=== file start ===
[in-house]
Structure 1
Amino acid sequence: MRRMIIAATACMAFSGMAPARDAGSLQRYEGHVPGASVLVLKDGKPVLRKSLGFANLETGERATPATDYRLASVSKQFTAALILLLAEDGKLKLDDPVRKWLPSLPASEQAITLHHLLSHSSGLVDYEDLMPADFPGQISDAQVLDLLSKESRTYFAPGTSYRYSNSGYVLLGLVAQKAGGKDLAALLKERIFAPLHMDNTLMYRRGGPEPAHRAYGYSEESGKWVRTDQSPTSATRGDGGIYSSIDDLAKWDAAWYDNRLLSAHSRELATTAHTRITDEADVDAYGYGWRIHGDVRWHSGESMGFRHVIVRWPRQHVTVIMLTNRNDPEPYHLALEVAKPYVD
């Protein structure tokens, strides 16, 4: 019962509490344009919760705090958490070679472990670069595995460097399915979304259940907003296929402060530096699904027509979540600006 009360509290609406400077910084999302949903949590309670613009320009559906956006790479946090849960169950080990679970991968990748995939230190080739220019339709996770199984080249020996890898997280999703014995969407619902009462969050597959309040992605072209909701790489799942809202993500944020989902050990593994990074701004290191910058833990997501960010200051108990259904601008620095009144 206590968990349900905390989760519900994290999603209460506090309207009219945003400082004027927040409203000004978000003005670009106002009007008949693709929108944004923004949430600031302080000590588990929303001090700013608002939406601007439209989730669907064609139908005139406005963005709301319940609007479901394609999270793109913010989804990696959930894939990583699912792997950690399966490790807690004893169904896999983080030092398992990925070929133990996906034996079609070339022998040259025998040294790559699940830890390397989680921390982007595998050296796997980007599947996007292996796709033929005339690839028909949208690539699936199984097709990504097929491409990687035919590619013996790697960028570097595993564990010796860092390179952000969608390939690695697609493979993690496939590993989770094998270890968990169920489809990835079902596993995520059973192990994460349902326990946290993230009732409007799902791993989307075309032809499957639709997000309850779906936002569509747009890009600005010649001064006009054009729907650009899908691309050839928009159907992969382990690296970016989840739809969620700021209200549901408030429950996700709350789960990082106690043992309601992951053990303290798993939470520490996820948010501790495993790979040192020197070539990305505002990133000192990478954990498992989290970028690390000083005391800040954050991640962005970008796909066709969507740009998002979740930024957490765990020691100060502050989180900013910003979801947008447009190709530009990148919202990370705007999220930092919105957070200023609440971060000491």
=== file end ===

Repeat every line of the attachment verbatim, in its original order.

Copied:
[in-house]
Structure 1
Amino acid sequence: MRRMIIAATACMAFSGMAPARDAGSLQRYEGHVPGASVLVLKDGKPVLRKSLGFANLETGERATPATDYRLASVSKQFTAALILLLAEDGKLKLDDPVRKWLPSLPASEQAITLHHLLSHSSGLVDYEDLMPADFPGQISDAQVLDLLSKESRTYFAPGTSYRYSNSGYVLLGLVAQKAGGKDLAALLKERIFAPLHMDNTLMYRRGGPEPAHRAYGYSEESGKWVRTDQSPTSATRGDGGIYSSIDDLAKWDAAWYDNRLLSAHSRELATTAHTRITDEADVDAYGYGWRIHGDVRWHSGESMGFRHVIVRWPRQHVTVIMLTNRNDPEPYHLALEVAKPYVD
């Protein structure tokens, strides 16, 4: 019962509490344009919760705090958490070679472990670069595995460097399915979304259940907003296929402060530096699904027509979540600006 009360509290609406400077910084999302949903949590309670613009320009559906956006790479946090849960169950080990679970991968990748995939230190080739220019339709996770199984080249020996890898997280999703014995969407619902009462969050597959309040992605072209909701790489799942809202993500944020989902050990593994990074701004290191910058833990997501960010200051108990259904601008620095009144 206590968990349900905390989760519900994290999603209460506090309207009219945003400082004027927040409203000004978000003005670009106002009007008949693709929108944004923004949430600031302080000590588990929303001090700013608002939406601007439209989730669907064609139908005139406005963005709301319940609007479901394609999270793109913010989804990696959930894939990583699912792997950690399966490790807690004893169904896999983080030092398992990925070929133990996906034996079609070339022998040259025998040294790559699940830890390397989680921390982007595998050296796997980007599947996007292996796709033929005339690839028909949208690539699936199984097709990504097929491409990687035919590619013996790697960028570097595993564990010796860092390179952000969608390939690695697609493979993690496939590993989770094998270890968990169920489809990835079902596993995520059973192990994460349902326990946290993230009732409007799902791993989307075309032809499957639709997000309850779906936002569509747009890009600005010649001064006009054009729907650009899908691309050839928009159907992969382990690296970016989840739809969620700021209200549901408030429950996700709350789960990082106690043992309601992951053990303290798993939470520490996820948010501790495993790979040192020197070539990305505002990133000192990478954990498992989290970028690390000083005391800040954050991640962005970008796909066709969507740009998002979740930024957490765990020691100060502050989180900013910003979801947008447009190709530009990148919202990370705007999220930092919105957070200023609440971060000491």